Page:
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Total security management is a holistic approach to business security. Sometimes shortened to TSM, it is a risk management system developed to improve security while reducing costs. The purpose of TSM is to put security at the forefront of business operations and procedures instead of relegating it to add-on status. Like with other risk management techniques, total security management seeks to identify, assess and deal with security risks.
The idea was developed under the US Department of Homeland Security’s first Secretary, Tom Ridge. It owes its development to the similar principle of Total Quality Management, or TQM, which sought to put product quality above all other business concerns. The methodology and concept first appeared in the 2006 book, "Securing Global Transportation Networks: A Total Security Management Approach," which was introduced by Tom Ridge.
Security aims for TSM look toward maximizing and reducing certain elements of a company’s procedures. It seeks to reduce threats and costs such as theft. It also seeks to improve elements such as due process and asset management. Finally, it aims to improve the value and goodwill associated with the company’s brand.
Value chains and supply chains are the main focus of total security management. The idea of value chains was introduced by Michael Porter in 1985. It focuses on all the activities within a company, most of which fall into two main areas. The first are primary activities such as sales, logistics, marketing and services. The second are support activities including human resources, management and procurement.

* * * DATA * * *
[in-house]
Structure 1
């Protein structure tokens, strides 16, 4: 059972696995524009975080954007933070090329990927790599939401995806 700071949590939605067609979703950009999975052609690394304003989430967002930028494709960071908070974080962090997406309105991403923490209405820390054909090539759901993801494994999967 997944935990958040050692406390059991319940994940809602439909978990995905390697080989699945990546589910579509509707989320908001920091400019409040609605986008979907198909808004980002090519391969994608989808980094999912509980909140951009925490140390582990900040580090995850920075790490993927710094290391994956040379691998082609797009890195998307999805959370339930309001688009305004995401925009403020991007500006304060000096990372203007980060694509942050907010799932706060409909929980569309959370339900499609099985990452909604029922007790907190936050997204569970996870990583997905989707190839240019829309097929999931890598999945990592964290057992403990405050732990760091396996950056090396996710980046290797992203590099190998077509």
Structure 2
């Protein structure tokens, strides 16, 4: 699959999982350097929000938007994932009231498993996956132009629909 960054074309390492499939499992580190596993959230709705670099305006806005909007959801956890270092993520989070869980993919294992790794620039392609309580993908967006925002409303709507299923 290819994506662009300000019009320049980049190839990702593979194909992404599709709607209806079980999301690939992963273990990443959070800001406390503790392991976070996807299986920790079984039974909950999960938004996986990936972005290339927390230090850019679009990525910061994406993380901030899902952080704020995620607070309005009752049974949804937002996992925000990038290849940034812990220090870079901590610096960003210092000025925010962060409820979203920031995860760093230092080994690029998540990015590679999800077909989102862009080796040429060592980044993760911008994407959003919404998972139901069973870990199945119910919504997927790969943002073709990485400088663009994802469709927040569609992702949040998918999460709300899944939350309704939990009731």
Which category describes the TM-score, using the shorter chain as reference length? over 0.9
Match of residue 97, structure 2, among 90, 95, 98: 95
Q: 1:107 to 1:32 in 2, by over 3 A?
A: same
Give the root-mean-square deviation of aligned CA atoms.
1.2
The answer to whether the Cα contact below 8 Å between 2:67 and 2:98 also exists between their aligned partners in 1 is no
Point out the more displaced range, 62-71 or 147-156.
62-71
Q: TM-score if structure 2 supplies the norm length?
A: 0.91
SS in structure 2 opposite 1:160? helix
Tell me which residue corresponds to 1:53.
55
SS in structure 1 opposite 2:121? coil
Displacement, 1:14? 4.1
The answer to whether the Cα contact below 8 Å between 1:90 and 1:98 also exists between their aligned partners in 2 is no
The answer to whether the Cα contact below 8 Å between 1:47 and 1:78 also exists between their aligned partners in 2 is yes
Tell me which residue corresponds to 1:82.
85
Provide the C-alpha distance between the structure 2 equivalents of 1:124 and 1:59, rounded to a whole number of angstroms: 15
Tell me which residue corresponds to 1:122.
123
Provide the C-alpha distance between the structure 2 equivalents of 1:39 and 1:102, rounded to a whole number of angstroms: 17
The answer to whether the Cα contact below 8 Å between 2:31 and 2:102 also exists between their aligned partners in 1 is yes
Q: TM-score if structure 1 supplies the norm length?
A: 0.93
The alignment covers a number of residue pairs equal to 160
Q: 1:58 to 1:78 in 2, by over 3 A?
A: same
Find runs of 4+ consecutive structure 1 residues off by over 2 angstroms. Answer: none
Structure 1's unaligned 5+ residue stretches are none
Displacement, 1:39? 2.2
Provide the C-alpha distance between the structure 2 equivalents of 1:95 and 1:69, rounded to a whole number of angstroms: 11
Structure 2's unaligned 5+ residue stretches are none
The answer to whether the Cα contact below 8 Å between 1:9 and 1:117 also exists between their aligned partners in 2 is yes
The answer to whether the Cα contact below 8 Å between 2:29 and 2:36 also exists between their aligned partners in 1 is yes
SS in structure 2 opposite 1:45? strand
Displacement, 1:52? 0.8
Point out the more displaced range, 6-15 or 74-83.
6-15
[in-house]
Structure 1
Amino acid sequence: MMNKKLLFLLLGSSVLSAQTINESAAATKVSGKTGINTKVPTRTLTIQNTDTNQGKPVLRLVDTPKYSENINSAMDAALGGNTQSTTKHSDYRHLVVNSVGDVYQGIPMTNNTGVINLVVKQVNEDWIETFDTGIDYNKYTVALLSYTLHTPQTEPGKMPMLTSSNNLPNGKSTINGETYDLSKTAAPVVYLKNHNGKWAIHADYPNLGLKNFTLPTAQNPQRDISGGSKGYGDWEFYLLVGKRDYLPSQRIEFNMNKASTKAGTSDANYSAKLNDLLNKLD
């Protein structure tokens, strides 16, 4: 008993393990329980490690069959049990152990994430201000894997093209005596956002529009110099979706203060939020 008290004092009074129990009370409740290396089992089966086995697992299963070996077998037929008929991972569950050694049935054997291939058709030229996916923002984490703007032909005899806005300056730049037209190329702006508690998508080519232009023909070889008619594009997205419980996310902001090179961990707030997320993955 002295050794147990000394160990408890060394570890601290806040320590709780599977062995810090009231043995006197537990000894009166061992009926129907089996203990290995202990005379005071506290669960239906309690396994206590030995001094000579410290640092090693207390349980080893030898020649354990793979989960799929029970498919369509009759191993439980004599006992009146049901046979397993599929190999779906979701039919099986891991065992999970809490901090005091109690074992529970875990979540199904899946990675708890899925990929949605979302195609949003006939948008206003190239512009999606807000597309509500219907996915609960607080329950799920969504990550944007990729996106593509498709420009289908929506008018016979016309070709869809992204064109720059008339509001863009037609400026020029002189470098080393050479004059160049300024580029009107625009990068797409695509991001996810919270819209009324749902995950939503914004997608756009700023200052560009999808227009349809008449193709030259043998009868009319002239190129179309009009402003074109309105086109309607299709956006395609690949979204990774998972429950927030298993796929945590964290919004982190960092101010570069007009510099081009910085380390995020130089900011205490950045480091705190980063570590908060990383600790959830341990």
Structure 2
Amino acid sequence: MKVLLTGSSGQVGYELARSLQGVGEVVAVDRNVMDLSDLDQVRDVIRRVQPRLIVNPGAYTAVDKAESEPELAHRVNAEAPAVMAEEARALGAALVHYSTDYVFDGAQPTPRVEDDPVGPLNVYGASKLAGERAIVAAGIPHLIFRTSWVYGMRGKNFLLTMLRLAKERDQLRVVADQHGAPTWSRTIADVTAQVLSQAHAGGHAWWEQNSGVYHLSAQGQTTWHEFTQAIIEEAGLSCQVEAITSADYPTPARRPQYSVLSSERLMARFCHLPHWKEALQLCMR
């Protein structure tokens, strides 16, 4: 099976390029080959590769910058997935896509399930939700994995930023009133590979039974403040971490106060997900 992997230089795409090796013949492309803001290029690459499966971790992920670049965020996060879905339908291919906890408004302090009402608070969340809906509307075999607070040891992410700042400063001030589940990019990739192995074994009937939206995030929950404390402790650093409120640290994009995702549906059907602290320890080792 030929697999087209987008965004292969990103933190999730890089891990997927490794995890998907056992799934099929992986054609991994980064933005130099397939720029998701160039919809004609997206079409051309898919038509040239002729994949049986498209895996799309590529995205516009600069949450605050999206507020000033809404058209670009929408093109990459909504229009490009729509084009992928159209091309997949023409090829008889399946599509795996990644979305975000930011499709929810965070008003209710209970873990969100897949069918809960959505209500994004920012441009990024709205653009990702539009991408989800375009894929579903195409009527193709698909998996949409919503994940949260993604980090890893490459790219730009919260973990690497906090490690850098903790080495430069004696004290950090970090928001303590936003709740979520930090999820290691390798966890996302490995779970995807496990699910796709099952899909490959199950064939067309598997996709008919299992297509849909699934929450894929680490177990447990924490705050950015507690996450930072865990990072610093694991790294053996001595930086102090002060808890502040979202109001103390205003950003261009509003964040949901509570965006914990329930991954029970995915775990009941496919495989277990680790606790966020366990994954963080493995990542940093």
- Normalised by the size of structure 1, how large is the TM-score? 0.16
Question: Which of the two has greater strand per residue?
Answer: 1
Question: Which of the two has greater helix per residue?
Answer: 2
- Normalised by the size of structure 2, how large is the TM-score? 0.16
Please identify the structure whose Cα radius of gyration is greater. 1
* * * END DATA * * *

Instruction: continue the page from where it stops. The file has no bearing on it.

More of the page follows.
Supply chain management applies the weakest link theory. A chain of supply is only as good as its weakest link. The logistics of a supply chain vary from company to company, but can be vast and complicated. A company importing goods from another continent will need to organize the transportation method, how the cargo is stored and sealed, and which contractors to use. The transported goods will be subject to international laws, tariffs and inspections.
Total security management seeks to improve security and reduce costs in a number of ways. First, the entire supply chain is inspected. The origin of goods, the route taken and the transportation method are compared for cost and security. The ideal methods employ low costs and high security; most of the time, there is a balance.
Secondly, the company employing total supply management will carefully inspect the contractors it uses in other countries. Staff screening will reduce security threats such as theft, fraud and terrorism. The company researches all relevant laws and tariffs along the supply route. Alternate routes could be safer or could offer lower tariffs.